There was nothing to do but look up the references in the footnotes to the poem, and thus began my conscious education in literature.


Critics and theorists can wrangle over meaning all they want. Give me that unspeakable sense of ineffable thought resting beneath printed verse that leads God knows where.

("O O O O...")

7 comments:

Amardeep said...

I prefer effable thoughts, myself.

It's only right that language (literature) leads to more language (reading, interpretation, conversation, analysis). Is it not?

Some critics do murder to dissect, certainly. But even the example you give -- Ralph Ellison on the Waste Land -- points to a use of literature that is fairly pedantic (TWL is a poem that has its own footnotes... can't get more pedantic than that!).

And aren't you making a reference here to G.V. Desani? Props, if so. (Props to me also for spotting it, perhaps)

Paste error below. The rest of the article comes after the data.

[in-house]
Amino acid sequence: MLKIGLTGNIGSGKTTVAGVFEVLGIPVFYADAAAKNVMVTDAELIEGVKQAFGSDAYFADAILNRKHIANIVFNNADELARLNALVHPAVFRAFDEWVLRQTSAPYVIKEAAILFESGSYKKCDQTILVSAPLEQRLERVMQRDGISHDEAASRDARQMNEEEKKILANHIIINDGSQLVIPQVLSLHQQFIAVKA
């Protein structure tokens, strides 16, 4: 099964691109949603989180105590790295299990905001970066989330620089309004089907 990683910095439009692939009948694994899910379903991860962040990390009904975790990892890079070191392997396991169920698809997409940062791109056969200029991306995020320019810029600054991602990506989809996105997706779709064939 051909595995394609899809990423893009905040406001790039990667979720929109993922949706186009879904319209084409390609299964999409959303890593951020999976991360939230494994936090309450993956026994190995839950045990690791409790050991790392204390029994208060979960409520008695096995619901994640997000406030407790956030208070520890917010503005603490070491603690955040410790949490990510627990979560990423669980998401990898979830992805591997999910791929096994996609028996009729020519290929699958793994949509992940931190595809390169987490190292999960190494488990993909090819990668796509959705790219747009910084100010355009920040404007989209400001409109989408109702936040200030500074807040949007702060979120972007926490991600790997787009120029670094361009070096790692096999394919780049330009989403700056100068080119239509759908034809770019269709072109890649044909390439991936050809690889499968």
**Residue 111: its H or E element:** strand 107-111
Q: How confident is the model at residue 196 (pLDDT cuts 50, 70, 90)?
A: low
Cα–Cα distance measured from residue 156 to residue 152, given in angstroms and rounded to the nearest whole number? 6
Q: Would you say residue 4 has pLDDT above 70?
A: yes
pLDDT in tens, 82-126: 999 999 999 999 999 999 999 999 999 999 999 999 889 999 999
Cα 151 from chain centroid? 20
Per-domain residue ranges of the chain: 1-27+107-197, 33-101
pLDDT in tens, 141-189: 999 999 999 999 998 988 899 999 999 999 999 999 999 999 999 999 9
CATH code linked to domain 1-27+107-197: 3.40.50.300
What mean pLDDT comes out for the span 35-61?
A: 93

Anonymous said...

Oh, wait, I forgot. That is first and foremost a reference to the Waste Land.

Desani riffs on it in "All About H. Hatterr."

My bad.

amcorrea said...

Full disclosure:

I'm the one in the kiddie pool wearing floaters, watching the rest of you swim the English Channel. It was only yesterday that I found myself on Dan Green's site (my subsequent private freak-out session was appropriate to the occasion).

I've been following real litbloggers (such as yourself) for about a year now. On a whim, I decided to start one of my own. I'm in the process of applying to graduate school and am mired in lots of questions regarding where this love of books should take me. I am considering the possibility of teaching, but am very wary of the hazards of academia (it's taken me two years to arrive at the decision to even apply).